Shopping Carts -- Douglas Coupland
People often say that they're throwing something away, but this statement begs one of the great questions of consumerism, "When you throw something away, what, exactly, do you mean by away? Anyone who has lived in downtown Vancouver knows what "away" means. "Away" means what was once yours, now belongs to a binner, those (mainly) men who roam the alleys with Safeway shopping carts in pursuit of ownerless stuff. Binners are astonishingly fast. You take something you no longer want to own - almost anything, really - and you place it in your back alley. In seven minutes it will be gone, now a part of a capitalist commodity stream almost entirely unscrutinized by society.
Enter Brian Howell
Howell's photographic art practice has evolved over this past decade alongside his professional work as a press photographer. His practice has focused on people inhabiting mainstream culture's fringes, for example, the lower tiers of the pro wrestling circuit, and the world of celebrity impersonators. Howell's recent body of shopping cart work follows that tradition of exploring fringes. He explores society's outsiders while expanding the act into something far broader, into realms that touch on capitalism, green politics, environmentalism, the politics of homelessness as well as the issues of form and materiality.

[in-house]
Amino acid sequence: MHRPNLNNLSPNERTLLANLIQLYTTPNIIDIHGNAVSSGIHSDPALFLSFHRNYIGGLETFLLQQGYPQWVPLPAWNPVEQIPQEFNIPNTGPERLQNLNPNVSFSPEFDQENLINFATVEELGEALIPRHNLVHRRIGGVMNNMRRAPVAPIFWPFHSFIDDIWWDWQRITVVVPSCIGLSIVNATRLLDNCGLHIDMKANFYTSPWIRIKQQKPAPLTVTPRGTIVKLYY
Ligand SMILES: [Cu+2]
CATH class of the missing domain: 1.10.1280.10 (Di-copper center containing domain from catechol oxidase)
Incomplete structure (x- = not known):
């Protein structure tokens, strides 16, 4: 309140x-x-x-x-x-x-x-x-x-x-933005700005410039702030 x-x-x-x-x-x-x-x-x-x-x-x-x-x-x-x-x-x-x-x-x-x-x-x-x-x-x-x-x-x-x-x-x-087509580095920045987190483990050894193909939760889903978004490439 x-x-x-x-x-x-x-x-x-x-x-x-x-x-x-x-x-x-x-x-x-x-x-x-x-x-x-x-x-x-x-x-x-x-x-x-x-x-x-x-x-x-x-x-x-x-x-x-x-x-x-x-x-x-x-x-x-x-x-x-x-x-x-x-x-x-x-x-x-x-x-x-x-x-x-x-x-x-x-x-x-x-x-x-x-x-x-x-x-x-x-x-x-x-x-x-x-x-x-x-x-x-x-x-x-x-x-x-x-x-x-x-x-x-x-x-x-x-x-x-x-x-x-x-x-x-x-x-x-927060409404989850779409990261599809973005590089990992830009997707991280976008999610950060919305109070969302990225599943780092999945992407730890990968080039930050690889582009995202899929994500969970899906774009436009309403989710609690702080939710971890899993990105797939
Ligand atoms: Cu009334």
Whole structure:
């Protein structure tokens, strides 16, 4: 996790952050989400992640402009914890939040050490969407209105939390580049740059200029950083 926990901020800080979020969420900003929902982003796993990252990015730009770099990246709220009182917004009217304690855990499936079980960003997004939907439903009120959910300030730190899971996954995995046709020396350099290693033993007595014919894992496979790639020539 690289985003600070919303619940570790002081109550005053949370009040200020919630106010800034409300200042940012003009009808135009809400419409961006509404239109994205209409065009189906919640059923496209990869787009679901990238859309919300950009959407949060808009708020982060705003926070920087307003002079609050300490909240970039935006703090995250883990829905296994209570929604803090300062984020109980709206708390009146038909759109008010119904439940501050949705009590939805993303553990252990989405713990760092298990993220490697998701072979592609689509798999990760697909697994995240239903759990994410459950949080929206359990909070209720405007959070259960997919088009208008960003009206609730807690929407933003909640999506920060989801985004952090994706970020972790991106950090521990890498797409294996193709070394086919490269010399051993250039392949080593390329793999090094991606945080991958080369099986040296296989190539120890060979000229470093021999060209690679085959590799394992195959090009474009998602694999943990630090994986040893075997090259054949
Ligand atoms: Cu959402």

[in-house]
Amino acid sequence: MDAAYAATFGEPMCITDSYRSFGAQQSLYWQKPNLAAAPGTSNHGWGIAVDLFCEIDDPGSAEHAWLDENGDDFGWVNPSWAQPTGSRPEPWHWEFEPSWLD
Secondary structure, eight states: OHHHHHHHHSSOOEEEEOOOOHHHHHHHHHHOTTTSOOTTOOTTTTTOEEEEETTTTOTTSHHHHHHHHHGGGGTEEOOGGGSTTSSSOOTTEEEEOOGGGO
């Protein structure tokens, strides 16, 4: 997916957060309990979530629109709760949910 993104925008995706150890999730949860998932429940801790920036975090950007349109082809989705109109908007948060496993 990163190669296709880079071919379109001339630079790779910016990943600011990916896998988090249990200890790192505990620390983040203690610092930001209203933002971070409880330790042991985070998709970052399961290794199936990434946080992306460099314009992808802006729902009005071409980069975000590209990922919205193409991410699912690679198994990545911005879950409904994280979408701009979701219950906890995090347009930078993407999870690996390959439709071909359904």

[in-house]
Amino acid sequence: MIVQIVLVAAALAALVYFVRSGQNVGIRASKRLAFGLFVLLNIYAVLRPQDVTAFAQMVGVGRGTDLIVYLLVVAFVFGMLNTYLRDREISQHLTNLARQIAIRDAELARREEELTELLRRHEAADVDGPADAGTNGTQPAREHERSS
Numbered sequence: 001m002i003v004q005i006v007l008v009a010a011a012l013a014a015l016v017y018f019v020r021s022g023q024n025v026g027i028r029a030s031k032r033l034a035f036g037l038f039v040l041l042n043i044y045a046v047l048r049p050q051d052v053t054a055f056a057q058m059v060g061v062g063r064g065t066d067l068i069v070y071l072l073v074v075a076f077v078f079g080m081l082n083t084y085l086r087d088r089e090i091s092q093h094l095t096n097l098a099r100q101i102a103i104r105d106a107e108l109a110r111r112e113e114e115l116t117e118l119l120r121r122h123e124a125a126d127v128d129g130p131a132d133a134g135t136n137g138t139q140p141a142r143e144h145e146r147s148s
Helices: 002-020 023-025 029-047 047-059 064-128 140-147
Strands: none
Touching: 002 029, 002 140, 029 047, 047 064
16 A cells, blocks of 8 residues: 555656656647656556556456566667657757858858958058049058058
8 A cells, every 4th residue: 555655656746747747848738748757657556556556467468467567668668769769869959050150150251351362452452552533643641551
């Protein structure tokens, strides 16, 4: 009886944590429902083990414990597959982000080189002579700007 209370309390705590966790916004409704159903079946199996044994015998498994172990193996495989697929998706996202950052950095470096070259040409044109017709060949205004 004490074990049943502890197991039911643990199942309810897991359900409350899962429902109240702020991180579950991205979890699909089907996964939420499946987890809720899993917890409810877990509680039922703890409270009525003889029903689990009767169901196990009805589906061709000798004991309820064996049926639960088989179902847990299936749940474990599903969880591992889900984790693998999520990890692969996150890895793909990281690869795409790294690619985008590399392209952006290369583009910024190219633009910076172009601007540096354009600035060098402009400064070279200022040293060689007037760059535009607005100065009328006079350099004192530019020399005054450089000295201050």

A good deal of Howell's new body of cart-based work's potency stems from the questions that arise almost instantly upon seeing it. Where did these carts come from? Who owned them?Why those specific things inside the carts? Was somebody's livelihood impacted by its inclusion in the process? Is it decadent to estheticize someone else's eked-out living this way?The answers aren't what one might think.
In undertaking the shopping cart project, Howell was "conscious that the original impetus arose from curiosity about "the other" - from the voyeur impulse endemic to city life".He has also given due consideration to the issues of representation. "In purchasing the carts, I am always transparent about my plans and ask each person to set the price for their cart, then compensate them accordingly. My intention is to photograph the carts and their contents intact, exactly as they were when I bought them. I built a plywood ramp for my old GMC van and rolled in the carts." The carts received no grooming. The white backgrounds are a scientific rather than esthetic call.